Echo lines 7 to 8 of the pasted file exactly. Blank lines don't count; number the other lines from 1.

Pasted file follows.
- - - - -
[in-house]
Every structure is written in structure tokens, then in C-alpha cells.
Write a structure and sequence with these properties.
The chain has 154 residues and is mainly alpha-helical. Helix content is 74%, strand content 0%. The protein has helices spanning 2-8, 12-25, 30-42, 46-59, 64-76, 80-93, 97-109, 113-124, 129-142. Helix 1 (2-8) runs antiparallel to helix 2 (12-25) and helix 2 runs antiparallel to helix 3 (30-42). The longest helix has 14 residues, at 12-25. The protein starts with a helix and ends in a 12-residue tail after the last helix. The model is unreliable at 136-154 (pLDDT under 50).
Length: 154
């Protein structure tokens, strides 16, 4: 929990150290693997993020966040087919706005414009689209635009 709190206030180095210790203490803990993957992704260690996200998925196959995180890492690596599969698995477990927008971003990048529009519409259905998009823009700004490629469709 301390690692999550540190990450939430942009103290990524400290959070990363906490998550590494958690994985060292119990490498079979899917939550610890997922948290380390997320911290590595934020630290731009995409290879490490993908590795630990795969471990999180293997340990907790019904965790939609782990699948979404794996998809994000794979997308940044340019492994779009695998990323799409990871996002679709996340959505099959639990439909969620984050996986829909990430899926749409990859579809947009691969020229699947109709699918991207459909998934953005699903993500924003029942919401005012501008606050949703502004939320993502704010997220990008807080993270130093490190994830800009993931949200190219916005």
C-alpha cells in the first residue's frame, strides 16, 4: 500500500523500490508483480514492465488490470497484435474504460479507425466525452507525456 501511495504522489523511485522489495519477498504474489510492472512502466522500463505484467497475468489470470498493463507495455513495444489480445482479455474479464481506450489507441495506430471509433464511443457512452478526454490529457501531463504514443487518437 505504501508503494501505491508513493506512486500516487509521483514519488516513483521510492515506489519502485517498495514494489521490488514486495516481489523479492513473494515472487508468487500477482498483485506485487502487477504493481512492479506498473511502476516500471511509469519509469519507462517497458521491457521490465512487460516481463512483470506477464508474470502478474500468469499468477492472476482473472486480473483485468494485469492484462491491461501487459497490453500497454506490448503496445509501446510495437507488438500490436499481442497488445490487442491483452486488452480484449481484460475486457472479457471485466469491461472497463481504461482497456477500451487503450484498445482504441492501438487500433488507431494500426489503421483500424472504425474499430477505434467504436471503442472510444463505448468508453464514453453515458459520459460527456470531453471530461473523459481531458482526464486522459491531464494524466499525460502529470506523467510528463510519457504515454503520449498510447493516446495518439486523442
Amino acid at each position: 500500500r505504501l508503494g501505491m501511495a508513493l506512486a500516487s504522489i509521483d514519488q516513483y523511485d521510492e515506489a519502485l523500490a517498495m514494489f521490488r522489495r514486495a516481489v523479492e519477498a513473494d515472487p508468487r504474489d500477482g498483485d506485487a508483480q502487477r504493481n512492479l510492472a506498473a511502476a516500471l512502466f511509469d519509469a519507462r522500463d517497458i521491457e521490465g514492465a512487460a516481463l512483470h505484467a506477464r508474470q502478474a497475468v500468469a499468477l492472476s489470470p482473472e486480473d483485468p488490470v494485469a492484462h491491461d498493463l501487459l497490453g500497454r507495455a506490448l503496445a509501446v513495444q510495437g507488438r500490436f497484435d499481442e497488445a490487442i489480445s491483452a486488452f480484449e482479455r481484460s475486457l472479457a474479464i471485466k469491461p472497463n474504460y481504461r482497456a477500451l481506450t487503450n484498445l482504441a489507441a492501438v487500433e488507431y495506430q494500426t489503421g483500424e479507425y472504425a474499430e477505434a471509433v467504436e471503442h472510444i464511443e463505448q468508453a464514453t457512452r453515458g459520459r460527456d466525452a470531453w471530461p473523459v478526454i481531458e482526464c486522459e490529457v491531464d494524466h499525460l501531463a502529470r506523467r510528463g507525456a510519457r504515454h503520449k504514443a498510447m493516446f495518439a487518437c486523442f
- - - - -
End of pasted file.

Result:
C-alpha cells in the first residue's frame, strides 16, 4: 500500500523500490508483480514492465488490470497484435474504460479507425466525452507525456 501511495504522489523511485522489495519477498504474489510492472512502466522500463505484467497475468489470470498493463507495455513495444489480445482479455474479464481506450489507441495506430471509433464511443457512452478526454490529457501531463504514443487518437 505504501508503494501505491508513493506512486500516487509521483514519488516513483521510492515506489519502485517498495514494489521490488514486495516481489523479492513473494515472487508468487500477482498483485506485487502487477504493481512492479506498473511502476516500471511509469519509469519507462517497458521491457521490465512487460516481463512483470506477464508474470502478474500468469499468477492472476482473472486480473483485468494485469492484462491491461501487459497490453500497454506490448503496445509501446510495437507488438500490436499481442497488445490487442491483452486488452480484449481484460475486457472479457471485466469491461472497463481504461482497456477500451487503450484498445482504441492501438487500433488507431494500426489503421483500424472504425474499430477505434467504436471503442472510444463505448468508453464514453453515458459520459460527456470531453471530461473523459481531458482526464486522459491531464494524466499525460502529470506523467510528463510519457504515454503520449498510447493516446495518439486523442
Amino acid at each position: 500500500r505504501l508503494g501505491m501511495a508513493l506512486a500516487s504522489i509521483d514519488q516513483y523511485d521510492e515506489a519502485l523500490a517498495m514494489f521490488r522489495r514486495a516481489v523479492e519477498a513473494d515472487p508468487r504474489d500477482g498483485d506485487a508483480q502487477r504493481n512492479l510492472a506498473a511502476a516500471l512502466f511509469d519509469a519507462r522500463d517497458i521491457e521490465g514492465a512487460a516481463l512483470h505484467a506477464r508474470q502478474a497475468v500468469a499468477l492472476s489470470p482473472e486480473d483485468p488490470v494485469a492484462h491491461d498493463l501487459l497490453g500497454r507495455a506490448l503496445a509501446v513495444q510495437g507488438r500490436f497484435d499481442e497488445a490487442i489480445s491483452a486488452f480484449e482479455r481484460s475486457l472479457a474479464i471485466k469491461p472497463n474504460y481504461r482497456a477500451l481506450t487503450n484498445l482504441a489507441a492501438v487500433e488507431y495506430q494500426t489503421g483500424e479507425y472504425a474499430e477505434a471509433v467504436e471503442h472510444i464511443e463505448q468508453a464514453t457512452r453515458g459520459r460527456d466525452a470531453w471530461p473523459v478526454i481531458e482526464c486522459e490529457v491531464d494524466h499525460l501531463a502529470r506523467r510528463g507525456a510519457r504515454h503520449k504514443a498510447m493516446f495518439a487518437c486523442f